Can you imagine how devastating it must have been to Hosea? Sure God called him to marry an adulterous woman, but that wouldn’t have diminished the pain and agony of Hosea’s heart in the least. Just think about the difficult times that you have been through in life. God may have given you insight so that you knew that He was leading you through the storm, but did that make it enjoyable or somehow shield you from the pain of the experience? I don’t think so.
God is not giving Gomer a pass for her behavior. In Hosea 2 we read that she will be punished for what she is doing, for her adultery. God says,
13 I will punish her for all those times when she burned incense to her images of Baal, when she put on her earrings and jewels and went out to look for her lovers but forgot all about me,” says the LORD. 14 “But then I will win her back once again. I will lead her into the desert and speak tenderly to her there. (Hosea 2:13-14 NLT)
There’s a great lesson for you and me right here if we will only have ears to hear. God is going to punish Gomer, He is going to discipline her for her ungodly behavior, but the punishment is not intended to destroy her, it is meant to draw her back into His arms.
When we come to Hosea 3 we find Gomer in a bad shape. Evidently she has in fact been sold as a slave. There were reasons in the ancient world why a person was sold as a slave. One of the reasons was because of military conquest. When the conquering army captured a city they took some of its citizens as slaves. Another reason a person became a slave was by birth. You were born into a slave family and so you became a slave as well. Thirdly, you could be sold as a slave because of debt. Well, we know that Gomer wasn’t on the auction block because of her birth or because of conquest. We don’t know exactly why Gomer was sold into slavery, but Dr. James Montgomery Boice, in his commentary on Hosea, gives us some insight into what the actual auctioning process looked like when he writes,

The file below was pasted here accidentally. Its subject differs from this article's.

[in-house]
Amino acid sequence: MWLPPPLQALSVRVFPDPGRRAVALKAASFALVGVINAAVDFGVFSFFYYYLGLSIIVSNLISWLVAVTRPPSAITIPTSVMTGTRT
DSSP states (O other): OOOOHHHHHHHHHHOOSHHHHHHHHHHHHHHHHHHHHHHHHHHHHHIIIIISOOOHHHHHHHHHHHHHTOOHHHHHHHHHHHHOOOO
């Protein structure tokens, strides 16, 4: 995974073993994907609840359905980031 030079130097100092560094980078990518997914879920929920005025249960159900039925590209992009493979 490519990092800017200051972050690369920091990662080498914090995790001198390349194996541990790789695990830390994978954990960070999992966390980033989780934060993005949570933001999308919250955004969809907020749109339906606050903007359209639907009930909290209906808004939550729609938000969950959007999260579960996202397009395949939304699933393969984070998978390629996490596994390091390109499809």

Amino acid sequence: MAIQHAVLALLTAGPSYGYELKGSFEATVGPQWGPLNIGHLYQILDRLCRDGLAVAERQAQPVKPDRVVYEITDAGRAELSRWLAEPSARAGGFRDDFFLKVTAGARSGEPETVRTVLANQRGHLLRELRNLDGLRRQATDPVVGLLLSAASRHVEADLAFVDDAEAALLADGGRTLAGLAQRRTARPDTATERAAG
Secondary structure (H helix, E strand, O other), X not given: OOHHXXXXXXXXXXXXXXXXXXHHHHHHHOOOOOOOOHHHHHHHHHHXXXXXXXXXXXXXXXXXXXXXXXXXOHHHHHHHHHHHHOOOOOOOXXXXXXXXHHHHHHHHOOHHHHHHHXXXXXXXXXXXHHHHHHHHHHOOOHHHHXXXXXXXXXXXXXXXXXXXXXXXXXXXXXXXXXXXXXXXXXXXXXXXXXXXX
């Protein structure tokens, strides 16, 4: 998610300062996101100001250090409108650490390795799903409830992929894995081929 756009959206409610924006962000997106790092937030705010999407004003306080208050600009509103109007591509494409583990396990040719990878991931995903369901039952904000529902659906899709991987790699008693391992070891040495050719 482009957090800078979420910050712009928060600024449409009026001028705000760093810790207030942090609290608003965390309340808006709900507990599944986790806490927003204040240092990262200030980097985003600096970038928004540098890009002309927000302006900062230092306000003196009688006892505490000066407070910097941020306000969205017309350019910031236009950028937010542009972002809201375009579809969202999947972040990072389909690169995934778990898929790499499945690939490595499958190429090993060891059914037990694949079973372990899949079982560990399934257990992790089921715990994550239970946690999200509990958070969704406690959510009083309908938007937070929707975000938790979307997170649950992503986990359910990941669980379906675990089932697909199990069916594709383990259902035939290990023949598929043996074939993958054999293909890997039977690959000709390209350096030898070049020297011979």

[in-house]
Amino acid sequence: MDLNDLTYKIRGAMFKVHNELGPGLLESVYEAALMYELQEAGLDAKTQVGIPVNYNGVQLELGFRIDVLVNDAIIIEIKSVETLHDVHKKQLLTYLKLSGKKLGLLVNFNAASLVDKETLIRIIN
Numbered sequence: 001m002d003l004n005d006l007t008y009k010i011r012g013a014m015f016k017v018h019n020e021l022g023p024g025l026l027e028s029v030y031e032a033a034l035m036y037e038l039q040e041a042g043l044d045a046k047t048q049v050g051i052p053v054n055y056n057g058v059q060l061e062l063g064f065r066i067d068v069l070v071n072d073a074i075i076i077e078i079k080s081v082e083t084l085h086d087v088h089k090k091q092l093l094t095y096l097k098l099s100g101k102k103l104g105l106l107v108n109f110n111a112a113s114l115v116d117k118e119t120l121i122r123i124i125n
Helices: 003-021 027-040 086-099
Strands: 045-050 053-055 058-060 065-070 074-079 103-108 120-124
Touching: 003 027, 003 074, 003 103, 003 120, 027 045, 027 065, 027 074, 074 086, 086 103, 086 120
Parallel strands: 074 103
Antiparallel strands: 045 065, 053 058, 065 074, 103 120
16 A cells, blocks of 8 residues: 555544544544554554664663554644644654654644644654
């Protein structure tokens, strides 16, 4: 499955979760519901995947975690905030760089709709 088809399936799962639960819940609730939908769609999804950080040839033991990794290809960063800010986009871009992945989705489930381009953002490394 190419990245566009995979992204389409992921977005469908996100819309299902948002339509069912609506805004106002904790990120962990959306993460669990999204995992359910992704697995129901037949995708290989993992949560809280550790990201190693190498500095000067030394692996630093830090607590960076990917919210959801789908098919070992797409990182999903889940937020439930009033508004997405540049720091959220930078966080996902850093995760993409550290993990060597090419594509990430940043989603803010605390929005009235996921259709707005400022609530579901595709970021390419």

There is a Greek play in which a fat man is put up for sale. The bids are starting, and the men who are buying bid: ‘Ten cents!’ ‘Fifteen cents!’ ‘Twenty cents!’ They begin to joke with one another. One man says, ‘Why do you bid twenty cents for that fat slave? As soon as he gets in your house he’s going to eat up all your food.’ The man who bid twenty cents justifies his bid, saying, ‘You don’t understand. I’ve got a squeaky mill; I’m going to cut him up and use him for grease.’ At last a beautiful woman is put up for sale. Her clothes are taken off, and now the bidding is not ‘Ten cents…twenty cents.’ It is: ‘A hundred dollars…a hundred and twenty dollars!’ The men are bidding for the body of the female slave. (James Montgomery Boice, The Minor Prophets: Volume 1. Baker Books. pg. 34-35.)
The slave market was dehumanizing. The slave market was ungodly. The slave market was filled with the stench of sin. God calls Gomer’s husband to go to the slave market and buy back his unfaithful wife. In Hosea 3:1-3 we read,
1 The LORD said to me, “Go, show your love to your wife again, though she is loved by another and is an adulteress. Love her as the LORD loves the Israelites, though they turn to other gods and love the sacred raisin cakes.” 2 So I bought her for fifteen shekels of silver and about a homer and a lethek of barley. 3 Then I told her, “You are to live with me many days; you must not be a prostitute or be intimate with any man, and I will live with you.” (Hosea 3:1-3 NIV)